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Magma UNESCO Global Geopark

Oppdatert: 9. des. 2022

The story begins as early as 1.5 billion years ago, when red-hot magma and sky-high mountains marked the ground in this area.

When you travel along the North Sea Road, from Flekkefjord and all the way through Eigersund municipality, you drive in Magma UNESCO Global Geopark. This is a unique place with unique geology and cultural history.

“When you arrive at Magma Geopark you enter an area that was once more than 20 km below the earth's surface and a huge mountain range the size of the Himalayas.”

The word geology means the study of the Earth. Geologists study processes that, as a rule, go very slowly, but which over millions of years can create great things such as opening an ocean or closing an ocean, forming deserts or deep seas, or forming endless steppes or towering mountains and mountain ranges. At other times, the geological processes can also proceed very quickly, such as in the case of a landslide or a volcanic eruption. In a geopark you can learn about all this and much else exciting about how the nature around us came to be.

Magma UNESCO Geopark is one of today's 140 UNESCO global geoparks in the world with a completely unique European geology. When you arrive at Magma Geopark you enter an area that was once more than 20 km below the earth's surface and a huge mountain range the size of the Himalayas. Down here, the rocks around you were liquid magma (liquid molten rock), more than ten times hotter than boiling water. At this high temperature and enormous pressure, the magma began to slowly cool and crystallize (solidify), forming some interesting igneous rocks with large crystals. An example of such a rock is anorthosite, which is the same rock that you find on the surface of the moon. In Magma Geopark you can therefore literally walk on the moon. The large mountain range that lay above Magma Geopark has, over a thousand million years, been worn away by warm periods and cold periods. Many of the cold periods were so cold that we call them ice ages and where we then had large glaciers that covered the whole country. This has actually happened about 200 times. At the end of the last ice age, which ended only about 10,000 years ago, the ice and enormous amounts of water from the melting ice put the final finishing touch on the landscape, leaving behind bla.a multitude of exciting sculptures in the form of stones of all shapes and sizes, where some stand on tiptoes, others on top of each other and some have only slipped out and not moved far like Trollpikken. After the Ice Age, the Stone Age began and people came migrating across the ice from Denmark and settled at the ice front and lived by hunting. Later in the Bronze Age, people settled down more permanently and began to build and cultivate the land. In Magma Geopark we find traces of people through the Stone Age, Bronze Age, Iron Age, Viking Age, Middle Ages, modern times and the great wars, where the different times and events have affected the area in different ways. In Magma Geopark you can come and hear all the exciting stories about how geological processes and man have created and influenced nature and the landscape as we see it today.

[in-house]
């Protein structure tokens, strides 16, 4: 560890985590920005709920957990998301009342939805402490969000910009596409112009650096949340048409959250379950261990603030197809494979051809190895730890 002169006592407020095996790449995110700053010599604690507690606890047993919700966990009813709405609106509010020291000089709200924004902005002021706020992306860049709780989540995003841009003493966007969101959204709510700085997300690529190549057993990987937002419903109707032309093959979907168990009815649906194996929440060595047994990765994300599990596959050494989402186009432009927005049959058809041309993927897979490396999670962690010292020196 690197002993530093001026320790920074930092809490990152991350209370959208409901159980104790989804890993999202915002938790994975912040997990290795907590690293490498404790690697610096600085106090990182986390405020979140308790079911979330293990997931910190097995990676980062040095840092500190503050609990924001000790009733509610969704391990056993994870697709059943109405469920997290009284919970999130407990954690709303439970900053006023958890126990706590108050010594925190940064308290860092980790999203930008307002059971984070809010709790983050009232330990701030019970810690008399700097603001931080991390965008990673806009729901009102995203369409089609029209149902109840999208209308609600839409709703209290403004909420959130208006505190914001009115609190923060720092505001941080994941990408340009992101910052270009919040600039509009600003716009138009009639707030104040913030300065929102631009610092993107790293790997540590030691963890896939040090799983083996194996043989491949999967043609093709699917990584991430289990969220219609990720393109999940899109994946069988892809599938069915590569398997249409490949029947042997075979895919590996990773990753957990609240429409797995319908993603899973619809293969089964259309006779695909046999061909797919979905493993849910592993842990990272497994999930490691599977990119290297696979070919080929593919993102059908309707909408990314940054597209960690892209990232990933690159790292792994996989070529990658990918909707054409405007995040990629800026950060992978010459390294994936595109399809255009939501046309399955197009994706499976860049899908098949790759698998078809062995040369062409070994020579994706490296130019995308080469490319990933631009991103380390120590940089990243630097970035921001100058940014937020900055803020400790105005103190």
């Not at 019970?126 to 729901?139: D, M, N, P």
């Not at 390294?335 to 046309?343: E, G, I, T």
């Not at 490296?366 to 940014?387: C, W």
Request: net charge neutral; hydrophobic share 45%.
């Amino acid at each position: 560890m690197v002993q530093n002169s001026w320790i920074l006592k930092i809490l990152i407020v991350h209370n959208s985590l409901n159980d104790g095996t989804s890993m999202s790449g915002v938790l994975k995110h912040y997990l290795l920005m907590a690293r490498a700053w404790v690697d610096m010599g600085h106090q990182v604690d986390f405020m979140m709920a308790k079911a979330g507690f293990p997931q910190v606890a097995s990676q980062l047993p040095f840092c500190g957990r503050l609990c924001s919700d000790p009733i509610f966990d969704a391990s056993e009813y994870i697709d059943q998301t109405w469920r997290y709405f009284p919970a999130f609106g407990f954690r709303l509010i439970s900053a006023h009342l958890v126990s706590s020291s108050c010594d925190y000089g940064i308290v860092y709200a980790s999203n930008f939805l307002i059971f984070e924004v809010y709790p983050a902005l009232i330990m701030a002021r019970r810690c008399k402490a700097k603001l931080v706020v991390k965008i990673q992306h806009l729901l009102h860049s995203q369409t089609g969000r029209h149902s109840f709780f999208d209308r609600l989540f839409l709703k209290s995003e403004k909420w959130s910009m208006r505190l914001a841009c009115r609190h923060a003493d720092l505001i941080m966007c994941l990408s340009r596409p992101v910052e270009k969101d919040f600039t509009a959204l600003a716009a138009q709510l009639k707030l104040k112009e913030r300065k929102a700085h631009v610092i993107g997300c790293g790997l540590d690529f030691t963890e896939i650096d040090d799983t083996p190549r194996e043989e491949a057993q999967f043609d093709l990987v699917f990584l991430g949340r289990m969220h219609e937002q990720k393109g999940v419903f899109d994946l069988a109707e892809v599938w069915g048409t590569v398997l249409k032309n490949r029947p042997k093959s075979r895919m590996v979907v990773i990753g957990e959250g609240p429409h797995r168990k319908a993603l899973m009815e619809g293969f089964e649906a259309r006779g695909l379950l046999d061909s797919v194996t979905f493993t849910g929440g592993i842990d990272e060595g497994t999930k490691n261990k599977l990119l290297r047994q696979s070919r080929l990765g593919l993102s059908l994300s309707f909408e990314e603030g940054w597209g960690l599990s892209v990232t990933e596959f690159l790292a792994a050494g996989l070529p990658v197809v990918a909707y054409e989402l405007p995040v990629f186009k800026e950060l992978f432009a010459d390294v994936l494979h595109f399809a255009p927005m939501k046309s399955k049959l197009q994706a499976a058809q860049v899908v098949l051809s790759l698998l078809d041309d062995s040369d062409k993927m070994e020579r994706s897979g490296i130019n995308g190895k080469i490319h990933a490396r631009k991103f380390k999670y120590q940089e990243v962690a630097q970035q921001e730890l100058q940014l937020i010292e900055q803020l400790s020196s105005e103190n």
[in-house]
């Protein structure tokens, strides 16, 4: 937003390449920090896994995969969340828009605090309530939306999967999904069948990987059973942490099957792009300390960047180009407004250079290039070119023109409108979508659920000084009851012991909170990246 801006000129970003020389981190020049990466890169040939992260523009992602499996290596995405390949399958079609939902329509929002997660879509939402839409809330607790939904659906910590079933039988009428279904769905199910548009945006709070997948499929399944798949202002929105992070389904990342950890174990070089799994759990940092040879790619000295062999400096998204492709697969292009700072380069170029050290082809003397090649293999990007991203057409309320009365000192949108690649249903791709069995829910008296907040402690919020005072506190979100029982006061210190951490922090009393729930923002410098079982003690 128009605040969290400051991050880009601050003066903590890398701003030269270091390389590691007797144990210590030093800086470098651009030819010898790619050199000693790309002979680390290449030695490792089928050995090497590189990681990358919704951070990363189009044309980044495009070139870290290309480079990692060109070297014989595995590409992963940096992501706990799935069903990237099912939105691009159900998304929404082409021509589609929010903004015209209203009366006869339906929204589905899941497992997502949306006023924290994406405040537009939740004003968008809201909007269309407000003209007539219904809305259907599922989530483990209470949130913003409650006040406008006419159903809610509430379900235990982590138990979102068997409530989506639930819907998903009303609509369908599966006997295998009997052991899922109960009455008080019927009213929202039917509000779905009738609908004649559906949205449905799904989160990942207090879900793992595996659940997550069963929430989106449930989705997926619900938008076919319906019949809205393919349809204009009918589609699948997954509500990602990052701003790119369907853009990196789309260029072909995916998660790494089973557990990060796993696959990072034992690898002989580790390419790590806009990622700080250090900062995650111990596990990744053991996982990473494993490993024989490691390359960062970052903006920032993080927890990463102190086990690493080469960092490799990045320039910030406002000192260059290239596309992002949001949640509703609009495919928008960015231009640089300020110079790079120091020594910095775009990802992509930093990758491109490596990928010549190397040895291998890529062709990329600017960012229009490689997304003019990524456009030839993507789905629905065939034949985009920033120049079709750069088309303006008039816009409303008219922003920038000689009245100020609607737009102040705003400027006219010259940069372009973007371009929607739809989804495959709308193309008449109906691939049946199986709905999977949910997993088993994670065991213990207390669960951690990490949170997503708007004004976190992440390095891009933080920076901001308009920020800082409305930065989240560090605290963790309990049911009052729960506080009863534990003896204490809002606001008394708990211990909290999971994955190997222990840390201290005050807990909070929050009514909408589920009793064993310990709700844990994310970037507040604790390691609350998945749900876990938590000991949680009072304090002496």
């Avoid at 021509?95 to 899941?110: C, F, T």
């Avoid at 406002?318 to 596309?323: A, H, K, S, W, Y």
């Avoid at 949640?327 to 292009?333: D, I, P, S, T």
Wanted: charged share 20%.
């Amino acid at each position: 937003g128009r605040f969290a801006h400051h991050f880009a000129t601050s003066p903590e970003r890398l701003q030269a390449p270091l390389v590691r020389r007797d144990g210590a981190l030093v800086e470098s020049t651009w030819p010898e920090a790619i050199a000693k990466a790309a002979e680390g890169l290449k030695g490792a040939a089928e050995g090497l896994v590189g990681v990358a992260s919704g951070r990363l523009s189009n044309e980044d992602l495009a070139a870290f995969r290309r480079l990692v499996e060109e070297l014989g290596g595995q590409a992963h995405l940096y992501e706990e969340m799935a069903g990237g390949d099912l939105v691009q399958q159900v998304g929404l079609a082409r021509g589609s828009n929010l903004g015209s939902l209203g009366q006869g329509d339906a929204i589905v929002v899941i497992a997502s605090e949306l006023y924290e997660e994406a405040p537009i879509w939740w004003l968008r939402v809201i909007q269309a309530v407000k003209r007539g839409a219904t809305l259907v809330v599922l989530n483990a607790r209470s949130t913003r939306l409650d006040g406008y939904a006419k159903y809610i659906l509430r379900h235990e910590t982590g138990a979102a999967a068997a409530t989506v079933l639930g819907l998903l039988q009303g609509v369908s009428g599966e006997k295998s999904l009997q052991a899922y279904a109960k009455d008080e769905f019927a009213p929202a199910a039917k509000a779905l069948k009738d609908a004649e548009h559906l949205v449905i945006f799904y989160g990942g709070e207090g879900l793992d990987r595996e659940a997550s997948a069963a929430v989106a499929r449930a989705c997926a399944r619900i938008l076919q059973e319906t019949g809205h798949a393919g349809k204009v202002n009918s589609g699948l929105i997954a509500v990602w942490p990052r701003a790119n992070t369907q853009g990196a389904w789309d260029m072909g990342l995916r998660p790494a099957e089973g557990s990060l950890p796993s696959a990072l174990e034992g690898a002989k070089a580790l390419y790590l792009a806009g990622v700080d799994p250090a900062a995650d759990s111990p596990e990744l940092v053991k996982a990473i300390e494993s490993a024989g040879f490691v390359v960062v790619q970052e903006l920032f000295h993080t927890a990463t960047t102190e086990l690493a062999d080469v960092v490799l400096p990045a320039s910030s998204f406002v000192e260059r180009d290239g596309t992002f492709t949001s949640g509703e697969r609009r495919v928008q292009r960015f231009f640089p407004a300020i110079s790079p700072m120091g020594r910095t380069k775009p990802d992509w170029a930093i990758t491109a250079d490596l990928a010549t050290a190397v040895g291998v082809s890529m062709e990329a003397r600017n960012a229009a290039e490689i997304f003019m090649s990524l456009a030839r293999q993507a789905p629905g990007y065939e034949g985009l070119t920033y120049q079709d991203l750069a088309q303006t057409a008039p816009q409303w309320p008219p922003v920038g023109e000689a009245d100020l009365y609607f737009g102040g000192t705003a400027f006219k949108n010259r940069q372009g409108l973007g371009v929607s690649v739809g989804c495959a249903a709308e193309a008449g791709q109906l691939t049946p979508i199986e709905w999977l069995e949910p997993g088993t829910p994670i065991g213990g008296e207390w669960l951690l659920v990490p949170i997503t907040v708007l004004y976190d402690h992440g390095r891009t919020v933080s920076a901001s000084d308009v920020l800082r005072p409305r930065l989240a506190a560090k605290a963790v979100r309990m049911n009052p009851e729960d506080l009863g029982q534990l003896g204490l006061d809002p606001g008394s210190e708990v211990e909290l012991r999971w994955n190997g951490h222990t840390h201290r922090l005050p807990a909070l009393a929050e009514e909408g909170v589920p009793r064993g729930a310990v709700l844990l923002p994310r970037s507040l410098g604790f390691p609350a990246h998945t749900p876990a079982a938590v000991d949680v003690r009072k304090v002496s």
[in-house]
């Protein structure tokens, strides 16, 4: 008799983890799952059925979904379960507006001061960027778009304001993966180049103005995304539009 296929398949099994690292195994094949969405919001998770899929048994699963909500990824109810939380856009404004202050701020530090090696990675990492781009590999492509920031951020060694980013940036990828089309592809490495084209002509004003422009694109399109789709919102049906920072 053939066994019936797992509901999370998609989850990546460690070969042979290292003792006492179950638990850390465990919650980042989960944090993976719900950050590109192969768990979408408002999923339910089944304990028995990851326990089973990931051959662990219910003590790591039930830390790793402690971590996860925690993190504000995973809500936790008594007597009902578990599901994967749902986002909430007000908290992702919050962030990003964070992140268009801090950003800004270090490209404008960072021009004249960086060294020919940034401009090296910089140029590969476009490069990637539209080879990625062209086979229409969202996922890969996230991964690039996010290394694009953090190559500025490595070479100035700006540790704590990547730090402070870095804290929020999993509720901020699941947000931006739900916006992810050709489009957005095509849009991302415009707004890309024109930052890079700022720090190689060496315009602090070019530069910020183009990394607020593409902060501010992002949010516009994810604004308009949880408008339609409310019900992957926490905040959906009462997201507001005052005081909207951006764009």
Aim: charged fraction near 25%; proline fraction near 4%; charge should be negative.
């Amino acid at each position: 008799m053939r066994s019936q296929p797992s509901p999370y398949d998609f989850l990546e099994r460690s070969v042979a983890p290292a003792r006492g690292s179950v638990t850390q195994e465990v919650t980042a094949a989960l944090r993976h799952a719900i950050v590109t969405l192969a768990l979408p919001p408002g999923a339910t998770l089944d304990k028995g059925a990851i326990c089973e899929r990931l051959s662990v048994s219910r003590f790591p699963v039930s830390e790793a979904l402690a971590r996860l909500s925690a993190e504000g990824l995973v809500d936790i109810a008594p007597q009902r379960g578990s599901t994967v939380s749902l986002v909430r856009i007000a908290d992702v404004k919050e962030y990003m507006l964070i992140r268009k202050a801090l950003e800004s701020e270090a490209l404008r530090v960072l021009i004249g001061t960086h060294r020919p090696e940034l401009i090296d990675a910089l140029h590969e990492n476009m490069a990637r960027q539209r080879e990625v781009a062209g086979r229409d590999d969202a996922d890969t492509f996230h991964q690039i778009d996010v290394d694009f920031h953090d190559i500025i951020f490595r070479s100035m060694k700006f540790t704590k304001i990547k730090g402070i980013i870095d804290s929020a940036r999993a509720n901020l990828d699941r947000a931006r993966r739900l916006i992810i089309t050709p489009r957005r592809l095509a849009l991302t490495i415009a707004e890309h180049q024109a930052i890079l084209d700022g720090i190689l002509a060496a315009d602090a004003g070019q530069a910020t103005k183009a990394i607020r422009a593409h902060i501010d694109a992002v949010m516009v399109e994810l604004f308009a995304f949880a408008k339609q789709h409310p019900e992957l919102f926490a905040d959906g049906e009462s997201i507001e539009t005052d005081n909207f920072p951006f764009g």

Let yourself be inspired by our film from Magma UNESCO Global Geopark.

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